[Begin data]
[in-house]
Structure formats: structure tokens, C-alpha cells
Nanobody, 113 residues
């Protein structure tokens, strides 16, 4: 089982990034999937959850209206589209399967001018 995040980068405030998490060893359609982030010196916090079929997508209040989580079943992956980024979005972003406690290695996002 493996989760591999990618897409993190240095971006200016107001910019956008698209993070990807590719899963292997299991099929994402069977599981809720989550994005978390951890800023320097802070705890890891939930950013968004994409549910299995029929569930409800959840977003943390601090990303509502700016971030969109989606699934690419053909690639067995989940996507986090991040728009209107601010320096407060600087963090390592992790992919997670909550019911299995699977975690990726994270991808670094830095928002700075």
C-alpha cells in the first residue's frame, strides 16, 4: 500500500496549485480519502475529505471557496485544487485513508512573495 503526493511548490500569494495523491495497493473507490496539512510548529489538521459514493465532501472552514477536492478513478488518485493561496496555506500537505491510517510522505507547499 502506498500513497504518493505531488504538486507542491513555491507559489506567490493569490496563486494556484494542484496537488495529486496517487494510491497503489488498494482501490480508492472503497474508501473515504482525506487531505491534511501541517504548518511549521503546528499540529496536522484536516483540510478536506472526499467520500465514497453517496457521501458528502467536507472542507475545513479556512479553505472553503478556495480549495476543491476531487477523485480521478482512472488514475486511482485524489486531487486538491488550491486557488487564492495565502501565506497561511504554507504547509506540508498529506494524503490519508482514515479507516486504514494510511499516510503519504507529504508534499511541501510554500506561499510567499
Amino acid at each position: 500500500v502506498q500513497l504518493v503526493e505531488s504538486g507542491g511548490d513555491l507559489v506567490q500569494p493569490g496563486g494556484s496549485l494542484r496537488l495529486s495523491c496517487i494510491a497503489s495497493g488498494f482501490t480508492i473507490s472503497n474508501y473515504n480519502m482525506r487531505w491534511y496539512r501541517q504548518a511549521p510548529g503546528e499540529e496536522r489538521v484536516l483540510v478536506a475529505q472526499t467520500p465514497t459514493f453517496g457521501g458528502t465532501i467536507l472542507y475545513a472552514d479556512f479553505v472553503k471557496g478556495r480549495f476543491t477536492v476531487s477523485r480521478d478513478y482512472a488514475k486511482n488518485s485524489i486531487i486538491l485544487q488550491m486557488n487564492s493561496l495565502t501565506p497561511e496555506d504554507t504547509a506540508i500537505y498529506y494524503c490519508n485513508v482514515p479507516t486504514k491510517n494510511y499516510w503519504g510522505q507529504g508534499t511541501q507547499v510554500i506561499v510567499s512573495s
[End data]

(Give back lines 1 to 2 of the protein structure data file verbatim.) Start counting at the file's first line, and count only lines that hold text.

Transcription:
[in-house]
Structure formats: structure tokens, C-alpha cells